STS-131 astronaut Dorothy M. Metcalf-Lindenburger and STS-130 astronaut Terry W. Virts Jr. presented the awards at a ceremony at the Marshall Education Research Center. Marshall Deputy Director Gene Goldman and Herb Shivers, acting director of Marshall's Safety & Mission Assurance Directorate, joined astronauts in the presentation.
Honorees were Michele Atkinson, Shuttle Propulsion Office; Tom Byrd, Ares Projects Office; Martin Carson, Shuttle Propulsion Office; Jonathan Mark Darden, Shuttle Propulsion Office; James R. Emmenegger, Engineering Directorate; Steve Glover, Shuttle Propulsion Office; Corey Harrell, Shuttle Propulsion Office; Rolf D. Hofmann, Engineering Directorate; Gary Hudson, Michoud Assembly Facility Office; Eric Jackson, Pratt & Whitney Rocketdyne; William Glen Jones, Engineering Directorate; Mark King, Ares Projects Office; R. Leigh Martin, United Space Alliance; Heather L. Miller, Pratt & Whitney Rocketdyne; Robert B. Minor, Engineering Directorate; Frances Michelle Myers, Pratt & Whitney Rocketdyne; John Rector, Shuttle Propulsion Office; Holly Odum Ryan, Pratt & Whitney Rocketdyne; Andy Schorr, Ares Projects Office; Matthew C. Smith, Shuttle Propulsion Office; Phyllis A. Smith, Engineering Directorate; Charles Greg Steele, SAIC; and Thomas David Wood, Engineering Directorate.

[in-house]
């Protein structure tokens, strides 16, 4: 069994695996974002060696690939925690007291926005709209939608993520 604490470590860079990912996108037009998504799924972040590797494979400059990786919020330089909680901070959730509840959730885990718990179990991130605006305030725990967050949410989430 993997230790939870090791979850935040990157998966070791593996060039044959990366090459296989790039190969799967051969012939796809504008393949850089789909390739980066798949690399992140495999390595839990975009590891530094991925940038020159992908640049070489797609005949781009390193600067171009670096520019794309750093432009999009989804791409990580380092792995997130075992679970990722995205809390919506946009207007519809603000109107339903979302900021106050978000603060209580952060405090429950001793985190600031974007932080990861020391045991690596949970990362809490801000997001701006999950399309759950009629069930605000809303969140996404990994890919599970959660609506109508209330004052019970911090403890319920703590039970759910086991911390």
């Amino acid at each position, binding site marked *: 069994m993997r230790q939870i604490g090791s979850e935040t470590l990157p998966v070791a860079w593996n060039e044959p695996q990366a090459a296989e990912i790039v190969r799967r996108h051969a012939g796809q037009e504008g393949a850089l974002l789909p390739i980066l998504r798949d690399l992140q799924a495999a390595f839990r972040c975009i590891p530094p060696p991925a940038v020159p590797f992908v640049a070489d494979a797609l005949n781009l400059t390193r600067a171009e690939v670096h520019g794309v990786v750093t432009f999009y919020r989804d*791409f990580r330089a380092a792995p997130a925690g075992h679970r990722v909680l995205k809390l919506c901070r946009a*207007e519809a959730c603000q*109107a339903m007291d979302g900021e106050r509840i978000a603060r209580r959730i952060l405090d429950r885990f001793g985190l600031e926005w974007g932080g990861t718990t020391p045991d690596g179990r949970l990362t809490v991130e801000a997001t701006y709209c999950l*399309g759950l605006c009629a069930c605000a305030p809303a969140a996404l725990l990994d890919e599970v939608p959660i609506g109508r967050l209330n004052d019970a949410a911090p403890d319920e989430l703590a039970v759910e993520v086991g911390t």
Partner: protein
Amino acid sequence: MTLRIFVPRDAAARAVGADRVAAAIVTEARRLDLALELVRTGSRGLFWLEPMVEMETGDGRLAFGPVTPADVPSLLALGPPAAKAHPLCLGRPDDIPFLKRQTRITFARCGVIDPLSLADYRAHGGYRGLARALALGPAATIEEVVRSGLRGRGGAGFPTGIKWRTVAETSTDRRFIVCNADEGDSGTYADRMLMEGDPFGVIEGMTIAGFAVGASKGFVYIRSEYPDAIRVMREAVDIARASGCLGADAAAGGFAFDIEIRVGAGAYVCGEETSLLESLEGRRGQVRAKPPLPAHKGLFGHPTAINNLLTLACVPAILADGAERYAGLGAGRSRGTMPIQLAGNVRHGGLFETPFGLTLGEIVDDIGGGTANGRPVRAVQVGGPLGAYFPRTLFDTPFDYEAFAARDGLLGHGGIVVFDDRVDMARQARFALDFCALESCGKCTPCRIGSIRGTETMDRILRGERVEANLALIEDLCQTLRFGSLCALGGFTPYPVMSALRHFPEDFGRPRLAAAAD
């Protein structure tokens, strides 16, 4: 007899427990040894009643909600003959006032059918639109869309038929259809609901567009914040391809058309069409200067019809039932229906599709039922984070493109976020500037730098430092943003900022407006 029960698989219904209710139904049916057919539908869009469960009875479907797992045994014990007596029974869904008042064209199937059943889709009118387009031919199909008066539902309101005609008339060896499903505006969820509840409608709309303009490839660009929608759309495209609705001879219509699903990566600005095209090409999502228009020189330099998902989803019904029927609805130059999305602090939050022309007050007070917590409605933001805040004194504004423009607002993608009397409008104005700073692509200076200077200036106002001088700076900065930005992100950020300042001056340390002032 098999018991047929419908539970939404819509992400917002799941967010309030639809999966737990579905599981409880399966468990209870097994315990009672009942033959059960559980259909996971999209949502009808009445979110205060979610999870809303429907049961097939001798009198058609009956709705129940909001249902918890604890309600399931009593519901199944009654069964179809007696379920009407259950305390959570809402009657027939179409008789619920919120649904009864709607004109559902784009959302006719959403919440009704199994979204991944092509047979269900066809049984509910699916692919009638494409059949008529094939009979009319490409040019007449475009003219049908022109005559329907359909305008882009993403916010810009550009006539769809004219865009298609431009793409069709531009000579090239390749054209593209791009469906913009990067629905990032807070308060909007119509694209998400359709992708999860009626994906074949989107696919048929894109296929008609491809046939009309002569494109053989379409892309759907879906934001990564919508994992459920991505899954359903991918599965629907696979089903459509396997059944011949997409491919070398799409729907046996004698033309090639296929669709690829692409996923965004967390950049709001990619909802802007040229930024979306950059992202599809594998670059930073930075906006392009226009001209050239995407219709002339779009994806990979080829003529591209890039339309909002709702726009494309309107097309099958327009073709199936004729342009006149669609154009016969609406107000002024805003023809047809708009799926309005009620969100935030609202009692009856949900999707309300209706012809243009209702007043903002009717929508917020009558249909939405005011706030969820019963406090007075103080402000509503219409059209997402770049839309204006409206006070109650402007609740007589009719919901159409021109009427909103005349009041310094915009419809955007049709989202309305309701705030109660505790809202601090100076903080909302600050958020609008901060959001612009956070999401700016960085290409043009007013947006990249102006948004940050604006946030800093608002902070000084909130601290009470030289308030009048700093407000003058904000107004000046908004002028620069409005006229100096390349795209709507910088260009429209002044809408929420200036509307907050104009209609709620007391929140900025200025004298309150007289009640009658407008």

Cotton, an AI Signal Research Inc. employee and the Marshall Star editor, supports the Office of Strategic Analysis and Communications.
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Atlantis Docks With Space Station; Landing Scheduled July 21
By Sanda Martel
Space shuttle Commander Chris Ferguson and his three crewmates arrived at the International Space Station July 10 after launching from the Kennedy Space Center July 8 at 10:29 a.m. CDT. STS-135 is the final mission of NASA's Space Shuttle Program.
Image left: Expedition 28 Flight Engineers Ron Garan, top, and Mike Fossum exit the International Space Station's Quest airlock to begin their spacewalk. (NASA TV)
Ferguson was notified July 11 that the Mission Management Team has extended the STS-135 mission by one day. Space shuttle Atlantis' first landing opportunity at Kennedy is July 21 at 4:58 a.m. CDT.
On July 11, astronauts Doug Hurley and Sandy Magnus grabbed the Raffaello multi-purpose logistics module, lifted it out of shuttle Atlantis’ cargo bay and installed it on the Earth-facing port of the space station’s Harmony node.
The 21-foot-long, 15-foot-diameter Raffaello, managed by engineers at the Marshall Space Flight Center, is packed with 9,403 pounds of spare parts, spare equipment and other supplies -- including 2,677 pounds of food that will sustain space station operations for a year.
The STS-135 crew consists of Ferguson, Hurley, Magnus and Mission Specialist Rex Walheim.